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When do we start to worry about a Trey Lance holdout?

Levin tries to talk me down on today’s podcast

San Francisco 49ers Off-Season Workout Photo by Michael Zagaris/San Francisco 49ers/Getty Images

When it comes to this year’s 49ers team, there are a few things that give me agita. The first is the fact that Robbie Gould has only hit 78% of his field goals the last two years, and he’s going to be the kicker through 2022. The second is that this team is paper-thin at linebacker, and the third is that Trey Lance is one of only two first-round quarterbacks that hasn’t signed his rookie contract yet.

I know what you’re thinking. You think that there’s still plenty of time to get it done and that there’s no reason to worry about it now. Levin Black said the same thing to me on today’s Niners Nation Gold Standard podcast. But, intellectually, I know you’re not wrong.

Practically, there’s no reason for either side to play hardball with the other. Thanks to the CBA, these deals are pretty straightforward. There are some things to quibble over, but by and large, there isn’t much to negotiate.

I also know that Lance has every incentive in the world to get a deal done as quickly as possible. If he has any designs on being the Week 1 starter, he knows he can’t afford to miss a single training camp practice. Kyle Shanahan has said multiple times that he’s watching Lance to see what he’s retained from OTAs and what he’s been doing during the layoff to make himself better. Of course, you can’t show any of that if you’re in a contract dispute.

I understand all of this. And yet, the reptile part of my brain is screaming, “Then why isn’t a deal done yet?!”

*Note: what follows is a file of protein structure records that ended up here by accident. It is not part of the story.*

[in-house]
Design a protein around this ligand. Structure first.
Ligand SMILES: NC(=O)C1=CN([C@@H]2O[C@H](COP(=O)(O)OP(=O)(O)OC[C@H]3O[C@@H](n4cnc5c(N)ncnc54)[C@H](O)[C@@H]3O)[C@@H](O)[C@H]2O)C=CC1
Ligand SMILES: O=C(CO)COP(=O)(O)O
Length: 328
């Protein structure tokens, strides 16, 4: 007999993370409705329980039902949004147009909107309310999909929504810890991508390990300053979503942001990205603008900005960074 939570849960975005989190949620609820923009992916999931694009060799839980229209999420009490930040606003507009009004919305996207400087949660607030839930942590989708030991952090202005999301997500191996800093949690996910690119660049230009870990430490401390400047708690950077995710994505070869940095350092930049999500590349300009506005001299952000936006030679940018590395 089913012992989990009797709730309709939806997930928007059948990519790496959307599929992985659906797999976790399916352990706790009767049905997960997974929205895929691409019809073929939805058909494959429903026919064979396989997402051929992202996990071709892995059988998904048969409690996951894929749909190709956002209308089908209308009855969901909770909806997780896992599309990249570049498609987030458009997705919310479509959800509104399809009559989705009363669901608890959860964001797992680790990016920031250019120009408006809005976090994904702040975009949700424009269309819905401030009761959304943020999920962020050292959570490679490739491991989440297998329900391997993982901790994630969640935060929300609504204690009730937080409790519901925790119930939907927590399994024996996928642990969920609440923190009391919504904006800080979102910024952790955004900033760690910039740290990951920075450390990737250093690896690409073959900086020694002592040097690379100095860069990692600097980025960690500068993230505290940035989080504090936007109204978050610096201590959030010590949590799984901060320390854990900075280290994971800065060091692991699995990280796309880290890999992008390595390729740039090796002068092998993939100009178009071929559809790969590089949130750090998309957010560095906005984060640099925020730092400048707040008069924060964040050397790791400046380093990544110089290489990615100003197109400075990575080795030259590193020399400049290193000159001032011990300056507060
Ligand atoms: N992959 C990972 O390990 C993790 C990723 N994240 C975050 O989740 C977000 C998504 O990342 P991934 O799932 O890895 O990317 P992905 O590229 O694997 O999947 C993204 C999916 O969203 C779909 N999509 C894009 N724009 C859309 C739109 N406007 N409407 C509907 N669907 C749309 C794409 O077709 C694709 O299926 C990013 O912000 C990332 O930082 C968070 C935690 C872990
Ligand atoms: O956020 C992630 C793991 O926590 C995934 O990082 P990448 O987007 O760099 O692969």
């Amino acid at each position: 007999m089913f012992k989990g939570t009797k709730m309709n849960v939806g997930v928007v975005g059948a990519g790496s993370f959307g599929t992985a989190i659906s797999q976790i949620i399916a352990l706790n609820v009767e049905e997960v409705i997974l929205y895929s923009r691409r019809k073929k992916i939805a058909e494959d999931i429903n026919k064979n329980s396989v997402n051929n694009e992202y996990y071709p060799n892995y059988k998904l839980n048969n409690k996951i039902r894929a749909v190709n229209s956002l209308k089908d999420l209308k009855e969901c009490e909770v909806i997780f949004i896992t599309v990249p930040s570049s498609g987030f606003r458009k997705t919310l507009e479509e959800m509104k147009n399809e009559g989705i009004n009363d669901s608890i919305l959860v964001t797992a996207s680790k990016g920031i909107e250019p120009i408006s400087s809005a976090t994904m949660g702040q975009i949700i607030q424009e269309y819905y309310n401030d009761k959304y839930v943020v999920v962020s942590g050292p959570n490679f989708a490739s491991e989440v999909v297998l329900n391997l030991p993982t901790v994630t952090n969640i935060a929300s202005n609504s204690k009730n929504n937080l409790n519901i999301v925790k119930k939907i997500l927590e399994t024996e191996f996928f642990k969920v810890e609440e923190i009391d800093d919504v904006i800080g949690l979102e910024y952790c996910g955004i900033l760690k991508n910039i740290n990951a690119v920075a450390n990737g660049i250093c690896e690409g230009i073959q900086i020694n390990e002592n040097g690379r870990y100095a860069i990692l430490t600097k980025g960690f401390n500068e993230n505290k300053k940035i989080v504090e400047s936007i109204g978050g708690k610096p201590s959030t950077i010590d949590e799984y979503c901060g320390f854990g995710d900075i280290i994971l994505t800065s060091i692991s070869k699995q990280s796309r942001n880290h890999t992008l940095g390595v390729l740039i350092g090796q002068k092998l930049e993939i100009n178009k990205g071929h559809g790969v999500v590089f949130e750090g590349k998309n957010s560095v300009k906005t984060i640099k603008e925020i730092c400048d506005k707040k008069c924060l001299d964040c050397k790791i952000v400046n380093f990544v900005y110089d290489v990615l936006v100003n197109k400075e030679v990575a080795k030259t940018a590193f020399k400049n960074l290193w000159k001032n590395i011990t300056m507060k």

Justin Fields signed his deal in early June. Trevor Lawrence signed his deal this week. Mac Jones signed his deal this week. So if there’s basically nothing to negotiate, and Lance has every possible football reason to get to camp on day one, why haven’t both sides put ink to paper?

Immediately, my brain goes to Michael Crabtree. If you don’t remember, Crabtree held out in 2009 after being picked 10th overall because he thought he was just as good as players picked ahead of him coughcoughDarriusHeyward-Beycoughcough. In the end, Crabtree missed the first five games of the 2009 season as a result of his tough stance.

Granted, there have been multiple CBAs since then that have made it a lot more costly for rookies to hold out, but again, this isn’t the logical part of my brain that I’m thinking with here.

Life has taught me that nothing’s done until it’s done - especially when contracts are involved. While I know it’s probably all in my head; I also won’t be able to shake the dark thoughts until we get that inevitable tweet from @49ers that shows Trey Lance putting his name on the bottom line.

Other topics in today’s podcast

  • Kyle Shanahan gives us insight into the team’s QB timeline this offseason
  • Joe Staley, assistant coach?
  • How a Colin Kaepernick/Trey Lance comparison set a lot of people off on Twitter